That would be one of a few job upheavals experienced over the years, and we survived them all. Our children came along in our late 20s and early 30s. Soon our lives were immersed in preschool, elementary adventures, and all the way through high school performances in music and drama.
We also belonged to the highly conservative church synod in which she’d grown up. The pastor that married us at the time was, however, a grandly considerate and patently open-minded man that once gave a sermon titled, “Do-gooders and bleeding hearts : Jesus was the original liberal.”
Our lives swirled with church activities as our children passed through Sunday School all the way to confirmation, where they roundly passed the tests despite having to choke down conservative ideology about evolution preached by the pastor that had long-since replaced our marriage counselor.
After 25 years we moved up the road to a more tolerant and progressive Lutheran church. It was gratifying to learn that our friends from the former church did not abandon us. In fact without their help and the guidance of one of Linda’s best friends, a woman named Linda Culley, we would not have had as much grace and good fortune in the face of the perpetual challenges served up by cancer survivorship.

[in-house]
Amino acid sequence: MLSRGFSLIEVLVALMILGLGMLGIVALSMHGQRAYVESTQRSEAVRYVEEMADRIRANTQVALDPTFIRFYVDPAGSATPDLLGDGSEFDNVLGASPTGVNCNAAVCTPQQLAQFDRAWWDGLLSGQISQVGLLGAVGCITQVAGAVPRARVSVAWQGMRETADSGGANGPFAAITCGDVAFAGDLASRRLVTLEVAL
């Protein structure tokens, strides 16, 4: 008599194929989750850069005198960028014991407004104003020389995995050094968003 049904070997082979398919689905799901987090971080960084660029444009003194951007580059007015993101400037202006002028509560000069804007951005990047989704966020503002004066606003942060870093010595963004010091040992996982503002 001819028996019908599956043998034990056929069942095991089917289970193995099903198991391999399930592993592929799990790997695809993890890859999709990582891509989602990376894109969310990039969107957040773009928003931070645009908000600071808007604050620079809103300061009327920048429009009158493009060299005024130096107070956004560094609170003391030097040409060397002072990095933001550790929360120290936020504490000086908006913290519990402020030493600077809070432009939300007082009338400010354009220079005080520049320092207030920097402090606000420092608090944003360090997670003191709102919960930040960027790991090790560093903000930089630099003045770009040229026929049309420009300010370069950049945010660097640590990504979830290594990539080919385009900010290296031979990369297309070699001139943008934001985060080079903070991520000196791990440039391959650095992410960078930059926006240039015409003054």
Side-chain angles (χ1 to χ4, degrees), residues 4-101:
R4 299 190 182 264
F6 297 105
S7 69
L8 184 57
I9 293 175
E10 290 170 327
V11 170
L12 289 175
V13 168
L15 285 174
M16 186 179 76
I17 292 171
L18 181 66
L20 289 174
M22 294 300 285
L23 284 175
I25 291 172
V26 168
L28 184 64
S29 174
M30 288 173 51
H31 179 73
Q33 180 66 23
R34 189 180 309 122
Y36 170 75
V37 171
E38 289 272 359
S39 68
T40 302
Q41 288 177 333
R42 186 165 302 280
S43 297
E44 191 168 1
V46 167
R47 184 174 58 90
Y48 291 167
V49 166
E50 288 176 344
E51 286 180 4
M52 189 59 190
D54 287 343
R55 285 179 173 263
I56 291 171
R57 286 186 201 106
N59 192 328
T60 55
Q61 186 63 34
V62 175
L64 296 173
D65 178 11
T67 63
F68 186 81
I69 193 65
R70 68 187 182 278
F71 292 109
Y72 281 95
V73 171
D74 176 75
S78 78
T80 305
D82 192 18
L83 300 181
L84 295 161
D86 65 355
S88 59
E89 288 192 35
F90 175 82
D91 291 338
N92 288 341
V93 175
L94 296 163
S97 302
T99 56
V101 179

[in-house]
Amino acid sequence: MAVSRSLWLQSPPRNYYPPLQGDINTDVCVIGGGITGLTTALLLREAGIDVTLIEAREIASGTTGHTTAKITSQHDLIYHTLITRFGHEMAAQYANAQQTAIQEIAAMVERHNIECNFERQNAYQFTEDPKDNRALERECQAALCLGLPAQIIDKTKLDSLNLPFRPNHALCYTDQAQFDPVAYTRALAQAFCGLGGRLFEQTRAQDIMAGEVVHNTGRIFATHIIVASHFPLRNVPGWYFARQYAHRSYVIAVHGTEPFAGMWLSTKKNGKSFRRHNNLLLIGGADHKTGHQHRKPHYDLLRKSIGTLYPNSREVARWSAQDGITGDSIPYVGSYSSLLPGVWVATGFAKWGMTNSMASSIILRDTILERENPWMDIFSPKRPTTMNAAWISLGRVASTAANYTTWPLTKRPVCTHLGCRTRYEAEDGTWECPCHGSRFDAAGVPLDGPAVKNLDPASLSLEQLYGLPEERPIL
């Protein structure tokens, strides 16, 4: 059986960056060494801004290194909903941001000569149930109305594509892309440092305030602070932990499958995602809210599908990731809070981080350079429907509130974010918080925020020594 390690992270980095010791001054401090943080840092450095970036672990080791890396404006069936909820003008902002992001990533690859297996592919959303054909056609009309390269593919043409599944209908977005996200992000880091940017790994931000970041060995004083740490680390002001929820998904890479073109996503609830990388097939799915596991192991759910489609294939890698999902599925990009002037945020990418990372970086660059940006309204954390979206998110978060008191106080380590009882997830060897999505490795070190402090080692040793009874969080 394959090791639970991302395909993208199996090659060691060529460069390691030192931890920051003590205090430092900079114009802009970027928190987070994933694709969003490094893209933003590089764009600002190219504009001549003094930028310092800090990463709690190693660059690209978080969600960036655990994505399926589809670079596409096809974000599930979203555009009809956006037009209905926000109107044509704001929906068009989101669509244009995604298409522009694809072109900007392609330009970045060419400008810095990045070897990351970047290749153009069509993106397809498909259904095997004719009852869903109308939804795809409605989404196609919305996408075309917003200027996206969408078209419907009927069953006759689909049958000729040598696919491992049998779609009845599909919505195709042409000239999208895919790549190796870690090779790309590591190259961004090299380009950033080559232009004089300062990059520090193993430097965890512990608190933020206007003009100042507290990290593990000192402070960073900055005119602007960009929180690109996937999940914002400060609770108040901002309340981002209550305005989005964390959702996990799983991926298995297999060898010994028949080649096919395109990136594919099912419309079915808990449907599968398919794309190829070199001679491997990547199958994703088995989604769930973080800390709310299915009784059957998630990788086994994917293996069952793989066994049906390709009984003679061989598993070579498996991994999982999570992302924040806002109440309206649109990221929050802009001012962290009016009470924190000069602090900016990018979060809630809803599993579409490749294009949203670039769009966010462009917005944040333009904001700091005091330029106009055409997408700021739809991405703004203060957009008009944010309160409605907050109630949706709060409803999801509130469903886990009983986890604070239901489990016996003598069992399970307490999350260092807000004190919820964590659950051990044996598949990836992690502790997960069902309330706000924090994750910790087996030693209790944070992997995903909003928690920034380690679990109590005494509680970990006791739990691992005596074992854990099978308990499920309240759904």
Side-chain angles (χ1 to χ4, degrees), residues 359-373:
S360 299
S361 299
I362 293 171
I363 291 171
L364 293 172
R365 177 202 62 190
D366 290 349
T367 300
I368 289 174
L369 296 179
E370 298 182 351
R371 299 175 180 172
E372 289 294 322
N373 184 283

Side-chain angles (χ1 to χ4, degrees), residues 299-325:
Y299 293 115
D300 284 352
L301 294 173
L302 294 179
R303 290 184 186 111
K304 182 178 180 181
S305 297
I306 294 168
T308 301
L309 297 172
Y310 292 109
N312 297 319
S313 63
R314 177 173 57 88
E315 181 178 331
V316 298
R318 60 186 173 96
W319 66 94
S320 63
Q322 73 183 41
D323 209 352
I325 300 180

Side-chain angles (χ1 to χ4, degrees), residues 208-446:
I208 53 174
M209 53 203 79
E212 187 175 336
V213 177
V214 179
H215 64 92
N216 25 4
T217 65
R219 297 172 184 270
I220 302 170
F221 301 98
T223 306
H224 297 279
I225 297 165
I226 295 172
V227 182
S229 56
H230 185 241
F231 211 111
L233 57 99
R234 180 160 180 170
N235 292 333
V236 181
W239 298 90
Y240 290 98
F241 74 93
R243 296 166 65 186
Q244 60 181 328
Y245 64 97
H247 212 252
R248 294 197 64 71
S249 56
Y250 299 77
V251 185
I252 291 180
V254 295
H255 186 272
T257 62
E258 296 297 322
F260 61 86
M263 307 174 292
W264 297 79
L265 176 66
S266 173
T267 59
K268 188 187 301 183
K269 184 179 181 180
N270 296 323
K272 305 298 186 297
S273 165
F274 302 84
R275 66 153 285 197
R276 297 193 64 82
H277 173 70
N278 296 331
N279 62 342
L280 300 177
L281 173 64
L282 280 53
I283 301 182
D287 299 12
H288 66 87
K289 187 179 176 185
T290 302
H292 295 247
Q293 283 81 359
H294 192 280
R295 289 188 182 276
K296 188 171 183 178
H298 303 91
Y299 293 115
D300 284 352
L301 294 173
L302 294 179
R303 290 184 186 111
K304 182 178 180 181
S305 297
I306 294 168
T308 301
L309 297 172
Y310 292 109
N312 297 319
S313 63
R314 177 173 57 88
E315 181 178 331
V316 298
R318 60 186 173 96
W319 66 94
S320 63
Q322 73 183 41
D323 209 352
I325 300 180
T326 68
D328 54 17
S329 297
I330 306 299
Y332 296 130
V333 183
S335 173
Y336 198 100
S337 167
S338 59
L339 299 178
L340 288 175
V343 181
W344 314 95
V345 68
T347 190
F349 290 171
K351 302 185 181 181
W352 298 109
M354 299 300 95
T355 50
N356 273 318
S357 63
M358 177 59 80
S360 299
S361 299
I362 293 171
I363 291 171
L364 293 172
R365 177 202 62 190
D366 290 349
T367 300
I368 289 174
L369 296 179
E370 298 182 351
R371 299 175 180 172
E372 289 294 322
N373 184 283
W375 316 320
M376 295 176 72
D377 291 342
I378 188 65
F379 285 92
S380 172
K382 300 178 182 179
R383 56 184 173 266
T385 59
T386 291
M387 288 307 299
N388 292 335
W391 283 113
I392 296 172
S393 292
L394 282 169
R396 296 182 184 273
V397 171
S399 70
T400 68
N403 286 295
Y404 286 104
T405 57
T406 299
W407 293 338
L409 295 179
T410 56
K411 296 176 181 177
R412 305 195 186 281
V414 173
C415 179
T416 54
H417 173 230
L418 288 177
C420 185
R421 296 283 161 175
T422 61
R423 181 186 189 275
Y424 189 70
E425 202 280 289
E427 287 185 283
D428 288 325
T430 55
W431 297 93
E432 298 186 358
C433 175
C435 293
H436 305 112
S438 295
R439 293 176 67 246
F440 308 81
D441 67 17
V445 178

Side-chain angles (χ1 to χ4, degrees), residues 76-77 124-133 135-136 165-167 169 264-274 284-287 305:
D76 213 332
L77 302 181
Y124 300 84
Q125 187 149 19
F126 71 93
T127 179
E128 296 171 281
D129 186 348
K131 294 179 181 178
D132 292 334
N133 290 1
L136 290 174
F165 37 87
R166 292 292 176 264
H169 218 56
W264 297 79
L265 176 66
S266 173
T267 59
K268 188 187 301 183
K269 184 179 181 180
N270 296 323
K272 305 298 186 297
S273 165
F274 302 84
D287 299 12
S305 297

Now what I like to think about are the camping trips we took to the north woods while dating, and later, when we had small children, we’d spend a week each summer at a humble resort called 7 Mile Pinecrest thirteen miles east of Eagle River, Wisconsin.
Our children paddled around in the water and slipped off to Secret Places in the woods while their father fished in the early and late hours and went for runs half-naked in the pine woods north of the resort, swatting at deer flies the entire time.
At the center of all that family joy and adventures was Linda, whipping up sandwiches and sitting with a glass of wine on the small beach overlooking the lake. That was the only time the Do Not Disturb sign seemed to rise on the Mom Flag.
And when we weren’t visiting or traveling or doing school activities, Linda was immersed in planning, purchasing and planting her garden every year. Her priorities were indeed God, Family, and Flowers.
She was a really good person. That’s what so many friends have told me over the years. I was married to a really good person, and that makes me think of what a close friend told me when he first met her. “This is a good one, Cuddy. Don’t let her get away.”
It is bittersweet and sweet to think about all those years together. My daughter went through our stacks of photos to digitize the images and I’ve waited until today to open it up and pull some memories out to post with this blog. Holding people close to your heart is first and foremost the right kind of pride. I hope this writing inspires you to consider the importance of people in your lives.
And to realize as well that life does go on. She told our close friend Linda Culley that she knew, if she were to pass away from cancer, that I would meet someone again. And I have found love. But it does not mean the years with Linda Cudworth are forgotten. Far from it.
These memories can lift us up. Give us courage to go on. Cherish the life we had as well as the life we have. And that is the right kind of pride as well.